Humor

  • Tricycle Community 8 comments

    Nonsense Sharpens the Intellect, says the Times Paid Member

    All this and not a word about koans: In addition to assorted bad breaks and pleasant surprises, opportunities and insults, life serves up the occasional pink unicorn. The three-dollar bill; the nun with a beard; the sentence, to borrow from the Lewis Carroll poem, that gyres and gimbles in the wabe. An experience, in short, that violates all logic and expectation. The philosopher Soren Kierkegaard wrote that such anomalies produced a profound “sensation of the absurd,” and he wasn’t the only one who took them seriously. Freud, in an essay called “The Uncanny,” traced the sensation to a fear of death, of castration or of “something that ought to have remained hidden but has come to light.” At best, the feeling is disorienting. At worst, it’s creepy. More »
  • Tricycle Community 4 comments

    "The Truth About Gossip" cartoon by Max Ink Paid Member

    When we ran Thubten Chodron's article, "The Truth About Gossip," (from which we drew the "Seven Tips for Giving Up Gossip,") we received a lot of mail, but one of the most interesting was the cartoon (one panel of which is below) by the talented cartoonist Max Ink. For some reason it didn't make it into the magazine as a Letter to the Editor but we're correcting that oversight now, and sending Max a long-overdue "Thank You!" Click the picture to see whole four-panel cartoon. Cartoon © Max Ink More »
  • Tricycle Community 6 comments

    15 Weeks of Dharma Dating Paid Member

    "THE IDEA FIRST COMES up as a joke between me and my Tricycle editor: As a newly single Buddhist mom, why don’t I post my profile on a couple of the new online “dharma dating” sites, and write about my experiences? I find the notion both intriguing and horrifying. For years I’ve mocked the idea of shopping for a mate the way you’d shop for a book on Amazon.com (“Add This Man to My Cart!”). Once, while browsing for a used couch on Craigslist, I popped over to the Men Seeking Women section for a look, and the ads all ran together in my mind: 6-foot divorced sofa, 45, brown hair/blue eyes, overstuffed cushions, slightly cat-clawed, wants to spank you. . . ." Read the complete "Fifteen Weeks of Dharma Dating," by Anne Cushman. More »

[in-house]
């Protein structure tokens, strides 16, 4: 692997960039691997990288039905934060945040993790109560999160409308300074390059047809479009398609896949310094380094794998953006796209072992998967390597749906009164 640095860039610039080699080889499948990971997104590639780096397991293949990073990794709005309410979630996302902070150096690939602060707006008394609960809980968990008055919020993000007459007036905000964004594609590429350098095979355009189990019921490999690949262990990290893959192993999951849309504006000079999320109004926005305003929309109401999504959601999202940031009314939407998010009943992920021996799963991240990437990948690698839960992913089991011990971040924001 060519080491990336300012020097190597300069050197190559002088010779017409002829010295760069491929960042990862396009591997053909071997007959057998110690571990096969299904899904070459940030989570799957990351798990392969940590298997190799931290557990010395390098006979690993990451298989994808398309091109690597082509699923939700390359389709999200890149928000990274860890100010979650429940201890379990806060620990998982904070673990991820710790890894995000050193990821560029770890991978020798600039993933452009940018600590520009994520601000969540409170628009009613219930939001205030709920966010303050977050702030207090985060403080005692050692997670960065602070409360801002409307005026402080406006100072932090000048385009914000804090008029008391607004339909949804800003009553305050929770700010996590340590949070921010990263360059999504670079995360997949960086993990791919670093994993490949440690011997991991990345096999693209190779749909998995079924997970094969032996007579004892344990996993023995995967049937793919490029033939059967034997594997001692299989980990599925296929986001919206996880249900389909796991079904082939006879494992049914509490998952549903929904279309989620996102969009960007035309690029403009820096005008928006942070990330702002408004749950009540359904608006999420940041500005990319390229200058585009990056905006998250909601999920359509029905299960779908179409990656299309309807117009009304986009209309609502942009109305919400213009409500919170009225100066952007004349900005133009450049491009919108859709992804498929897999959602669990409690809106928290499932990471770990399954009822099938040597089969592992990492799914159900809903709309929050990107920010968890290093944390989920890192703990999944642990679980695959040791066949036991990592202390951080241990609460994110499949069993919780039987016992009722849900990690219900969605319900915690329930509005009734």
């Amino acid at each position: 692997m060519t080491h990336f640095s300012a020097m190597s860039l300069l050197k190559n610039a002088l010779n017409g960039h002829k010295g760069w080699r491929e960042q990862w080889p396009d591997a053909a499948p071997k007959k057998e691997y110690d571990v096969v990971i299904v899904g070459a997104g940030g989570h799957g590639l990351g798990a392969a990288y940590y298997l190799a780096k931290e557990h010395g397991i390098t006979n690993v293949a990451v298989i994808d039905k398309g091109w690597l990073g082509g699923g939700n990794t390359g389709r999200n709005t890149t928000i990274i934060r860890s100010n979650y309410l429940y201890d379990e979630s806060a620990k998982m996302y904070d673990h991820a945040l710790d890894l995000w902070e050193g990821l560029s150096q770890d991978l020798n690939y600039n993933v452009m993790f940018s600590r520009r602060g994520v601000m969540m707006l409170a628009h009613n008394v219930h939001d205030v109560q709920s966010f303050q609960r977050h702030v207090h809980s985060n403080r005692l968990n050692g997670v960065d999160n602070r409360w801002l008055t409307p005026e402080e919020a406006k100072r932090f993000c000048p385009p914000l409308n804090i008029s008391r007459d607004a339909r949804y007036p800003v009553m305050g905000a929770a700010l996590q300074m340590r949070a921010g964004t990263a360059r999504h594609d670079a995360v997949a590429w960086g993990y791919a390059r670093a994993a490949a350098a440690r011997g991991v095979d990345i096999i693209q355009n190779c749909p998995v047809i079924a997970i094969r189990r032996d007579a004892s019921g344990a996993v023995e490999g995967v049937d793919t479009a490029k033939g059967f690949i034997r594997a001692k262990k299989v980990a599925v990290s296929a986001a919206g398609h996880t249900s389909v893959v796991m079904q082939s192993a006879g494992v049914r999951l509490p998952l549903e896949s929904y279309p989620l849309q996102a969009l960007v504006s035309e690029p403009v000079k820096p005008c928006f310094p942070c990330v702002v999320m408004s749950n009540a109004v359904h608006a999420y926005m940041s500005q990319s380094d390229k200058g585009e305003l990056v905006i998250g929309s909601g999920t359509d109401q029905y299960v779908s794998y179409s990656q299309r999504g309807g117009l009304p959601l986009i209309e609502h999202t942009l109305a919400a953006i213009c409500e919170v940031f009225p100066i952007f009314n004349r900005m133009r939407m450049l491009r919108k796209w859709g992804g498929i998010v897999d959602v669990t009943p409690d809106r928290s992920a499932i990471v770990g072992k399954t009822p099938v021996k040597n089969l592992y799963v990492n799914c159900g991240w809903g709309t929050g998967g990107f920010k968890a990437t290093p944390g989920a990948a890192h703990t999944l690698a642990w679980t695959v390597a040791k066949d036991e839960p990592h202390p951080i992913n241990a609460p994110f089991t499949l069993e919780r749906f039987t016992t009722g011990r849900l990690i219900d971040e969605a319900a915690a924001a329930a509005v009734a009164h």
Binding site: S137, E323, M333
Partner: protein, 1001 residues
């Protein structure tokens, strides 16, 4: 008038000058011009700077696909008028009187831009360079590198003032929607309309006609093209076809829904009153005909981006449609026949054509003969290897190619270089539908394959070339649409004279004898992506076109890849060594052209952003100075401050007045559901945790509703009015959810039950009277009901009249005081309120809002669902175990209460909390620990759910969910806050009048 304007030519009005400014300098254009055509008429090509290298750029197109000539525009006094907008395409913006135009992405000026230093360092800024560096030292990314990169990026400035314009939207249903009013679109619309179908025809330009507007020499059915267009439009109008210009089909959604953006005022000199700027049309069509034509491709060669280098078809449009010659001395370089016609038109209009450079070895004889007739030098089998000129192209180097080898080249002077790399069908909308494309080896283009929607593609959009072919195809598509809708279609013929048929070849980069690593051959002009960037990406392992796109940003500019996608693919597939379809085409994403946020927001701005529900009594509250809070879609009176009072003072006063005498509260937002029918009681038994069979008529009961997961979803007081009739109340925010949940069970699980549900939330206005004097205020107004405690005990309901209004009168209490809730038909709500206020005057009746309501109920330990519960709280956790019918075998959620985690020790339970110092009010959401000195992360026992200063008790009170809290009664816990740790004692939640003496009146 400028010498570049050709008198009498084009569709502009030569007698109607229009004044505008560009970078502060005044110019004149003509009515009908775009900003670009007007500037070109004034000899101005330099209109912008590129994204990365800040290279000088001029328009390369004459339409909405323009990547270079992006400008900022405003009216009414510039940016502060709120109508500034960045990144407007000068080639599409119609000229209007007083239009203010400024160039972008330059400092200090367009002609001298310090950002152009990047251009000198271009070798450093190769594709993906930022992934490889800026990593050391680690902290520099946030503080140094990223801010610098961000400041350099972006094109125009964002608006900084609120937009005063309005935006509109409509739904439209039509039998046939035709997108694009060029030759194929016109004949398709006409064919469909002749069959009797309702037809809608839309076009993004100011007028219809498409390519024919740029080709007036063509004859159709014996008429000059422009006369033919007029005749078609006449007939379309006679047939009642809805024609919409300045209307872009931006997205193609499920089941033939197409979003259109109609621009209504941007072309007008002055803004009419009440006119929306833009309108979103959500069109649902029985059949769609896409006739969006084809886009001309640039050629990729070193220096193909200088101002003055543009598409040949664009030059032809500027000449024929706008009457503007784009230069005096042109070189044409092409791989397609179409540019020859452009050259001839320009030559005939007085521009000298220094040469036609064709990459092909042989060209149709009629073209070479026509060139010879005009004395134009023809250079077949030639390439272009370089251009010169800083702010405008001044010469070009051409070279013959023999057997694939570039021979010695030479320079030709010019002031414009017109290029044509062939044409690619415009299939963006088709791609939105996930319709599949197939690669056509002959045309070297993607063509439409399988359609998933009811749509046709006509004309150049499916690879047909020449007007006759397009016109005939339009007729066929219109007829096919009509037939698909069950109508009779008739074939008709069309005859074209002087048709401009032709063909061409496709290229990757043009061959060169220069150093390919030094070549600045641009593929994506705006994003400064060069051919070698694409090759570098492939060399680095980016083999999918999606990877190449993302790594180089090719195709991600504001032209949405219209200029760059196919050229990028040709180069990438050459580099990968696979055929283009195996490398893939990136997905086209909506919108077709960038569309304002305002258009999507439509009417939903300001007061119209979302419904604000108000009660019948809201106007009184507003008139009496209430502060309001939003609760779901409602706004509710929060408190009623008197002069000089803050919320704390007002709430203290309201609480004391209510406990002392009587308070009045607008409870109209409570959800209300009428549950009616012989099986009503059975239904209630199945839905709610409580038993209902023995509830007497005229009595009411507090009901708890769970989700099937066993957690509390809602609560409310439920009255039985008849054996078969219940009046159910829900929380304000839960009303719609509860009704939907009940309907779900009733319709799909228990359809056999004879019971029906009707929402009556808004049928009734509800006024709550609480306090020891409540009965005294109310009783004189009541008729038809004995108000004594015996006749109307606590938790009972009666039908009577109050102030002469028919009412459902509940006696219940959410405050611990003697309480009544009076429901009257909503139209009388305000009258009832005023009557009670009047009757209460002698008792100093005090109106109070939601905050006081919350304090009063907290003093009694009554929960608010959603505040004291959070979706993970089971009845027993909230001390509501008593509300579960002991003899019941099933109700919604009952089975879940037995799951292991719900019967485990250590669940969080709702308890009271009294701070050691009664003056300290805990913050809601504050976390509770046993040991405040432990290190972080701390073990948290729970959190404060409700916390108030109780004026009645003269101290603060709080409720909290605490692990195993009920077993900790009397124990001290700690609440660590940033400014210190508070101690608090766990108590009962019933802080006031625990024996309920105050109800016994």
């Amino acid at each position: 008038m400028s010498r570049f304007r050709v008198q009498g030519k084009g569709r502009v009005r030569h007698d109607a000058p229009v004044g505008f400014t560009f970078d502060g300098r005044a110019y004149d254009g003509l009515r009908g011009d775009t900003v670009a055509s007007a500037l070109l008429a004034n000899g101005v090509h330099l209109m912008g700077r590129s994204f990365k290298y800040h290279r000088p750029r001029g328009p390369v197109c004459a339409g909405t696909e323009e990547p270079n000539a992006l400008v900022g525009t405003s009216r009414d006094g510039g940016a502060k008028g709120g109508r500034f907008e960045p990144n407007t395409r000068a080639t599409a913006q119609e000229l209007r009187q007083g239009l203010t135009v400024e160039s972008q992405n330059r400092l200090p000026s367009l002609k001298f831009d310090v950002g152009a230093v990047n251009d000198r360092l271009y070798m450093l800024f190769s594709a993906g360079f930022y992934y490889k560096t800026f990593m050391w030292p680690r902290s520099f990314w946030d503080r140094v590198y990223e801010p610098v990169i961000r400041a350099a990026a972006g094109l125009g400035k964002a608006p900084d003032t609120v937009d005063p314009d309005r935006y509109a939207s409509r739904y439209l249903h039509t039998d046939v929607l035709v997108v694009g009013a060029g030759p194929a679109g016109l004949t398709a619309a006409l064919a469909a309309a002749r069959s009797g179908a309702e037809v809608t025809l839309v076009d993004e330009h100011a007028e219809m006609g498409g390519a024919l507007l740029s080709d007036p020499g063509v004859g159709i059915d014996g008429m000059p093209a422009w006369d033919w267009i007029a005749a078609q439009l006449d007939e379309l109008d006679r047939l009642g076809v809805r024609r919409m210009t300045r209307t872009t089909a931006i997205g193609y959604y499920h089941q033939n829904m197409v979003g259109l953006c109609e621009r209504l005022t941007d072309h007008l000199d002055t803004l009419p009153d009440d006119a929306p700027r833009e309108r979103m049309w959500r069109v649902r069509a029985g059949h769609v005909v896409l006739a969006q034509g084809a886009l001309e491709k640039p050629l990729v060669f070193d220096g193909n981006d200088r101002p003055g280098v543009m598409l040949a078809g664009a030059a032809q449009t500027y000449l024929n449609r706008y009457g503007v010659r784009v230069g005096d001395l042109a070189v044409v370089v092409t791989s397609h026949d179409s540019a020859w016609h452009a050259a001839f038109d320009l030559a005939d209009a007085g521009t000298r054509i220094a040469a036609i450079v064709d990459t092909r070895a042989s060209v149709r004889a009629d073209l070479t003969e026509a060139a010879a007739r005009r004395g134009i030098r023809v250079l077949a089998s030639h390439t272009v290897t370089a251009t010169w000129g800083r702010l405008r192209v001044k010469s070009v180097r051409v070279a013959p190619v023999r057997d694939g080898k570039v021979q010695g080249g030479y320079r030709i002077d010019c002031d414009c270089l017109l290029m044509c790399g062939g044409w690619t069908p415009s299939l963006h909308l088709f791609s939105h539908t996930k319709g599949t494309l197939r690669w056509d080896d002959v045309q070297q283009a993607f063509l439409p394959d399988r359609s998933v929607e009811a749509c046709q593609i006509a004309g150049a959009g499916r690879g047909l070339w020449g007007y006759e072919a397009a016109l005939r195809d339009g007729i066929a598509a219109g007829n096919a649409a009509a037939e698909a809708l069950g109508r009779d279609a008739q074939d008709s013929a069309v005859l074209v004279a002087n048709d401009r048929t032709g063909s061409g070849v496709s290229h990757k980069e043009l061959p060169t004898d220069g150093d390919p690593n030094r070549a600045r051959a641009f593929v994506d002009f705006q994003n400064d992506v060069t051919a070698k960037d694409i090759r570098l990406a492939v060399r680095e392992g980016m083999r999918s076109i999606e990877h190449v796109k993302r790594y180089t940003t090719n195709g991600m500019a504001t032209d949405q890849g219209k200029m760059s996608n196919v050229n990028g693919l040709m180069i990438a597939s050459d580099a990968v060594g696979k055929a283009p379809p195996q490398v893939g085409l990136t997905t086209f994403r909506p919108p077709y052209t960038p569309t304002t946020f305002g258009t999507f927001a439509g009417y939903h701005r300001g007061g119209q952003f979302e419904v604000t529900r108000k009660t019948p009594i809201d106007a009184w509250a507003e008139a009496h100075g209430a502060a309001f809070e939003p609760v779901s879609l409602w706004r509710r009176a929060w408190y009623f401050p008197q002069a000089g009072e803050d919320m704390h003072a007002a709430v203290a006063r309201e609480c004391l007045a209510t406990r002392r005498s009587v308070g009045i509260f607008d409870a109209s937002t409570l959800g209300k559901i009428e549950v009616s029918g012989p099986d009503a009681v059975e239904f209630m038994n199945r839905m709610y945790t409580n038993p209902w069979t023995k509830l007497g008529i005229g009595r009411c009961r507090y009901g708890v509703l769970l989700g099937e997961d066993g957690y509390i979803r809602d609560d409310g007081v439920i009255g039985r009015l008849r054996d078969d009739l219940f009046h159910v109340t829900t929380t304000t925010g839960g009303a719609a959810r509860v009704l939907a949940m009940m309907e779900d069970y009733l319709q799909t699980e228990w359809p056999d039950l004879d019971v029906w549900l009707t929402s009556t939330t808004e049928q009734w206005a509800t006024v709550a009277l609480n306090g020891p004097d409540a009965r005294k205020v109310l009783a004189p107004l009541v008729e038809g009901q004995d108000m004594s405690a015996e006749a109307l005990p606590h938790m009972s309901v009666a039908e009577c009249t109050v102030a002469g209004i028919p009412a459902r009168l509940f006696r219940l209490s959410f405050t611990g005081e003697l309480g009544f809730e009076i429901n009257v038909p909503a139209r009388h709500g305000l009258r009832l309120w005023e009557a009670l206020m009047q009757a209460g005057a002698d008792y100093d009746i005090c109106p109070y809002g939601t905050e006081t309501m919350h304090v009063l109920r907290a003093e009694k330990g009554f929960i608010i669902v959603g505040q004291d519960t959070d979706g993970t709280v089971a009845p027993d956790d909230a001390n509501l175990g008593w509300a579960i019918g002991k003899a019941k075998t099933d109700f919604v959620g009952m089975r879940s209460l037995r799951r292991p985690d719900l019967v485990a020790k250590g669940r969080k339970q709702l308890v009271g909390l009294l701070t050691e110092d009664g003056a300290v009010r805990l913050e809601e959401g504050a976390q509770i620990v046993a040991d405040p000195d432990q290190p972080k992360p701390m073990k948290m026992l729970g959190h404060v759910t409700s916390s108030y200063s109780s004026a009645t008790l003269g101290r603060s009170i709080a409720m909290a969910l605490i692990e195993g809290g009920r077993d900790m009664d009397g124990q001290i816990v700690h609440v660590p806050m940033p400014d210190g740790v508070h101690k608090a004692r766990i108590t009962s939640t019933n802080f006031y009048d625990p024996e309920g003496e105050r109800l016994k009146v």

• Tricycle Community 6 comments

    Top Ten Misconceptions About Buddhism Paid Member

    What do university students in an Introduction to Buddhism class say are the top ten misconceptions Americans have about Buddhism?: 1.“ Buddha” is spelled “Buddah.” Outside the temple of the Daibutsu in Kamakura, Japan (perhaps the most famous Buddha image in the world), a sign asks visitors to display a respectful attitude in the presence of the Bhudda. One of the most important rock albums of all time, Safe as Milk by Captain Beefheart and the Magic Band, was released on Buddah records. The problem is the “floating h syndrome,” which often causes the leader of the Indian independence movement to be identified as Mahatma Ghandi. The culprit is the Sanskrit letter dha the aspirate d. Read the Top Ten Misconceptions About Buddhism, from Tricycle's Fall 1998 issue. More »
  • Tricycle Community 4 comments

    Daily Dharma - The sound of one dog barking Paid Member

    Human beings understand too much. But what they understand is just somebody's opinion. Like a dog barking. American dogs say, "Woof, woof." Korean dogs say, "Mung, mung." Polish dogs say, "How, how." So which dog barking is correct? This is human beings' barking, not dog barking. If dog and you become one hundred percent one, then you know sound of barking. This is Zen teaching. Boom! Become one. –Seung Sahn, from "Boom! More »
  • Tricycle Community 2 comments

    Pear-shaped Buddhas? Paid Member

    No, Buddha-shaped pears! Is someone getting over on us? It's Friday and after a long week I thought I'd pass along the joy. I guess unlike money, Buddhas grow on trees. You can taste the fruit—or at least see it—here. More »